What a time to be alive. If you were like us, you were thinking, thank goodness 2019 is over, bring on the new year!
And now what have we had - fires, floods, and now COVID-19. It was everywhere you look - turn on the TV and it's there. Pick up a newspaper and it's there. Turn on the radio, and it's coming over the airwaves.
What seemed like something that happened elsewhere has now well and truly hit Griffith. True, we have no cases here or anywhere in the Riverina. Disregard the rumours, there are no confirmed cases.
But we are now in full swing of the great toilet paper famine, something we once laughed at others for stockpiling.
Meat, food in cans, nappies, sanitary products, pasta, rice - all the staples we need are going off the shelf faster than you can say 'panic'.
Our local supermarkets are doing everything they can to make provisions last for those most in need. Walking the streets, you can hear people say 'it's gone too far'.
With the new measures being brought in reducing gathering numbers from first 500 people to 100 people, those social butterflies and sports fanatics alike are screaming 'enough is enough'.
While children and healthy adults seem to be relatively safe - with exceptions of course - it's the most vulnerable in our communities that we are trying to protect.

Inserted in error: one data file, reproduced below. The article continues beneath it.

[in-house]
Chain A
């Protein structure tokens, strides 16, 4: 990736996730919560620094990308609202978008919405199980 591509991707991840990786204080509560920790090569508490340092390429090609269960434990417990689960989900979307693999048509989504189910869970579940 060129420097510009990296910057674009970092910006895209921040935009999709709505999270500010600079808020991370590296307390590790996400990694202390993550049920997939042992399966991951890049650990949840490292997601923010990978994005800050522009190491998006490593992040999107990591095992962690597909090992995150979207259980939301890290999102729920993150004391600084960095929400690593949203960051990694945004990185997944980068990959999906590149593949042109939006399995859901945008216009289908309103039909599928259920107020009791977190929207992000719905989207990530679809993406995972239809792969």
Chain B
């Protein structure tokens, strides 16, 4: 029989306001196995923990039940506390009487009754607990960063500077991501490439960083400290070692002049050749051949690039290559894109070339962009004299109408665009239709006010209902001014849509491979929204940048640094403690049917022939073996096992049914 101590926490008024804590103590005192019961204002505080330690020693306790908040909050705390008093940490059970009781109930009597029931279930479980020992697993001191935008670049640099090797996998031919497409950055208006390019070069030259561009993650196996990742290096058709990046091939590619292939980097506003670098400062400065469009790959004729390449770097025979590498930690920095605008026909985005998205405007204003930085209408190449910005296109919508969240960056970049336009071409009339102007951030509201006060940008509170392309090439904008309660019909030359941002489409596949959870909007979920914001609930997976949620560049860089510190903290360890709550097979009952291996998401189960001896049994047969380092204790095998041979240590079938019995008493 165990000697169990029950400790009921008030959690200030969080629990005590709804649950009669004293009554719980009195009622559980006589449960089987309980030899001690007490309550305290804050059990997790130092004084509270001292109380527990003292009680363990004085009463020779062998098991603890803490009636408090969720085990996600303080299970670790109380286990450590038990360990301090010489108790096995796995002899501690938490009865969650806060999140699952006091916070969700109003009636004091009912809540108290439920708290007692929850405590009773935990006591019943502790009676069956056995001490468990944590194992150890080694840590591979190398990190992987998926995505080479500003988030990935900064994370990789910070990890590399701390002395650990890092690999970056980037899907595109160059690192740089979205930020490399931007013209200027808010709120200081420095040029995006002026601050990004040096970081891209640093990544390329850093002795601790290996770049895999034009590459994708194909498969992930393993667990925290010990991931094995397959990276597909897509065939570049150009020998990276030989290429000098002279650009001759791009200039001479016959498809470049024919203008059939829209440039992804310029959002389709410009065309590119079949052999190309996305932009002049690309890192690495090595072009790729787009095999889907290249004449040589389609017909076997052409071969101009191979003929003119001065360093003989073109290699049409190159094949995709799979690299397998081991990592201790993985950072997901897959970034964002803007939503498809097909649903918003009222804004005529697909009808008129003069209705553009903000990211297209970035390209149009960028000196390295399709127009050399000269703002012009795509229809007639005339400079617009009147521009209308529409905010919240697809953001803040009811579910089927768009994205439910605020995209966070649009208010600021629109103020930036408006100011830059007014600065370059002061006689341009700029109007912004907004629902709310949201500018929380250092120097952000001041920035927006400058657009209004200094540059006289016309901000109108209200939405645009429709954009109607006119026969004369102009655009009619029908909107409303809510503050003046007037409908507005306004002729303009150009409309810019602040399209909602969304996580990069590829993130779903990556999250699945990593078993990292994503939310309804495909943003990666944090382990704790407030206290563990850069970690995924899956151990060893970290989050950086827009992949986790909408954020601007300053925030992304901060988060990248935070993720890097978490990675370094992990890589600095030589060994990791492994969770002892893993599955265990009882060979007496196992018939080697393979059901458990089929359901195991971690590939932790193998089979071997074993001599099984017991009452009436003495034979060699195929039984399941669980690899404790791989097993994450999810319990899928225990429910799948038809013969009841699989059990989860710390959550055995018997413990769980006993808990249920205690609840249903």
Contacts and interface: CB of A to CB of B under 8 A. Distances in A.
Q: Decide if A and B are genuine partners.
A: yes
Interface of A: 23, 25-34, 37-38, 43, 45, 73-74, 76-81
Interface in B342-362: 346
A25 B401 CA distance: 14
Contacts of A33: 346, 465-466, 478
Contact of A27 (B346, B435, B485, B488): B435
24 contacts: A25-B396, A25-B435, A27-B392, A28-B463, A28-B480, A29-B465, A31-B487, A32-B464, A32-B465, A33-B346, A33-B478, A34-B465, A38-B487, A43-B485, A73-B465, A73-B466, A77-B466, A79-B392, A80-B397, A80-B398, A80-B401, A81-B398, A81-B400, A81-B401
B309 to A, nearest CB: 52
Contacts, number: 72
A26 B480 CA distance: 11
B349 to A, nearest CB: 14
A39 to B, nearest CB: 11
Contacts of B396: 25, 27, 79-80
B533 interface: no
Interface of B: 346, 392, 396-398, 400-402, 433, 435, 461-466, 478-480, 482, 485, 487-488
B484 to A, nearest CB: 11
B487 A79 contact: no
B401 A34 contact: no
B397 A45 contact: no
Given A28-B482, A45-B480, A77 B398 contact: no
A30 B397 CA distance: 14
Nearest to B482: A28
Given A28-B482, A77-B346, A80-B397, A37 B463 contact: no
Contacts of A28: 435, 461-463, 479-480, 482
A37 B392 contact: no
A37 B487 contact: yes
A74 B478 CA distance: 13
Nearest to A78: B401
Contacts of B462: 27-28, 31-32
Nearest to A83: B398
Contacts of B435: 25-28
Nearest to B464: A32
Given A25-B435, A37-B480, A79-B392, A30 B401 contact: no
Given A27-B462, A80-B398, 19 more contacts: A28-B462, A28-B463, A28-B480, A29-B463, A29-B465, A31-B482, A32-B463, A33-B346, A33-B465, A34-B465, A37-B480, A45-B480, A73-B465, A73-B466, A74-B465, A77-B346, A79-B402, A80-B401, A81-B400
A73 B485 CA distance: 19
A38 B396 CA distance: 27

The government on one hand is saying, social distance, remote work and no large indoor events to protect our most needy.
Yet a large majority of normal healthy people are looking out for numero uno, taking all the provisions and leaving none for those who truly need them, not isolating themselves if they are sick, and generally having no regard for others.
READ MORE EDITORIALS
It's craziness, pure and simple.The dichotomy of opinion swings from thinking precautions are overboard, to complete panic-mode on impending doom.
There is one thing we all need to think about. Prevention in the best cure.
Yes you may be OK, but what about your elderly or immuno-compromised neighbour/friend/relative/colleague? Would you like to be the one signing their death warrant by carrying on as normal?
Even if this is all an overreaction, nobody knows the future. Maybe what we do now will save our city and the MIA. Maybe it won't.
But in this time of uncertainty, shouldn't we do what we can for those who need us the most?